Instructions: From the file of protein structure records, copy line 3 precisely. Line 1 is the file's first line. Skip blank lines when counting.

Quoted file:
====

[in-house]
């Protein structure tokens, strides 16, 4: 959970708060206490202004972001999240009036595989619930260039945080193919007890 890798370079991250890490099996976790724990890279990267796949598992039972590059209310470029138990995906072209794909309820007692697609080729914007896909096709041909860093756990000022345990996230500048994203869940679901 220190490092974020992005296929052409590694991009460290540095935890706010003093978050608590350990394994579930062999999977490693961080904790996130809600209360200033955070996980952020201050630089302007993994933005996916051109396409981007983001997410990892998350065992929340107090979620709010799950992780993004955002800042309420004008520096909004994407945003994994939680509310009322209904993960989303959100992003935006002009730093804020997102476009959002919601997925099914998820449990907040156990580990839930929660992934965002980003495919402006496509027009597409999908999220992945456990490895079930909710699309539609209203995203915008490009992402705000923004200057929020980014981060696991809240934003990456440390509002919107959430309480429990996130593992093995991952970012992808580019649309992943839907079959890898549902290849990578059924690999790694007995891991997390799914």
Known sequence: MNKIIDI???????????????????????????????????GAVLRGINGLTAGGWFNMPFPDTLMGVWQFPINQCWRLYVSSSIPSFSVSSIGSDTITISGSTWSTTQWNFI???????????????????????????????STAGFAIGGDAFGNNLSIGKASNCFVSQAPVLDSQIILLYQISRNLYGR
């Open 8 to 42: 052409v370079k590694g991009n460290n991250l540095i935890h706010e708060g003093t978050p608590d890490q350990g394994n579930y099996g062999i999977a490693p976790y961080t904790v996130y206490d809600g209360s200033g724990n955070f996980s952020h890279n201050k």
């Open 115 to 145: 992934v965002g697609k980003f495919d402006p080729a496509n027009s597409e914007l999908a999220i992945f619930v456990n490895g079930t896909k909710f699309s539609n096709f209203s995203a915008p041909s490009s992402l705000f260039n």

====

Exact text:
Known sequence: MNKIIDI???????????????????????????????????GAVLRGINGLTAGGWFNMPFPDTLMGVWQFPINQCWRLYVSSSIPSFSVSSIGSDTITISGSTWSTTQWNFI???????????????????????????????STAGFAIGGDAFGNNLSIGKASNCFVSQAPVLDSQIILLYQISRNLYGR